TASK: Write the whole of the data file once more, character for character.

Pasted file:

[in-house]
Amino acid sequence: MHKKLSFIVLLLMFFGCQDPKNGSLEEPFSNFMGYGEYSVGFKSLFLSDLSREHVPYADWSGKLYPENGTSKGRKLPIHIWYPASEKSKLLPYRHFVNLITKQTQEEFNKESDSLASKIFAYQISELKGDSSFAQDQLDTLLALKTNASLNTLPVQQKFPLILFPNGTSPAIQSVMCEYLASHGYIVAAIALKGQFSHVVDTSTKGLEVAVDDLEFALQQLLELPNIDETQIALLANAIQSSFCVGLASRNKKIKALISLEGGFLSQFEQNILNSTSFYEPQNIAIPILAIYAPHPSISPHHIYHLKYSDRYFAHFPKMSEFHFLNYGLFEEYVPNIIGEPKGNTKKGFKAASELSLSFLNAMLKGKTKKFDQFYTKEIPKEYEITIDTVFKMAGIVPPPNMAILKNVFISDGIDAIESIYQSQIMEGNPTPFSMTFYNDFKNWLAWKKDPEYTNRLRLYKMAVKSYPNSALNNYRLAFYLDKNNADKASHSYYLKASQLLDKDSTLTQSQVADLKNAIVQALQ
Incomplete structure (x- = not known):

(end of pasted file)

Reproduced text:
[in-house]
Amino acid sequence: MHKKLSFIVLLLMFFGCQDPKNGSLEEPFSNFMGYGEYSVGFKSLFLSDLSREHVPYADWSGKLYPENGTSKGRKLPIHIWYPASEKSKLLPYRHFVNLITKQTQEEFNKESDSLASKIFAYQISELKGDSSFAQDQLDTLLALKTNASLNTLPVQQKFPLILFPNGTSPAIQSVMCEYLASHGYIVAAIALKGQFSHVVDTSTKGLEVAVDDLEFALQQLLELPNIDETQIALLANAIQSSFCVGLASRNKKIKALISLEGGFLSQFEQNILNSTSFYEPQNIAIPILAIYAPHPSISPHHIYHLKYSDRYFAHFPKMSEFHFLNYGLFEEYVPNIIGEPKGNTKKGFKAASELSLSFLNAMLKGKTKKFDQFYTKEIPKEYEITIDTVFKMAGIVPPPNMAILKNVFISDGIDAIESIYQSQIMEGNPTPFSMTFYNDFKNWLAWKKDPEYTNRLRLYKMAVKSYPNSALNNYRLAFYLDKNNADKASHSYYLKASQLLDKDSTLTQSQVADLKNAIVQALQ
Incomplete structure (x- = not known):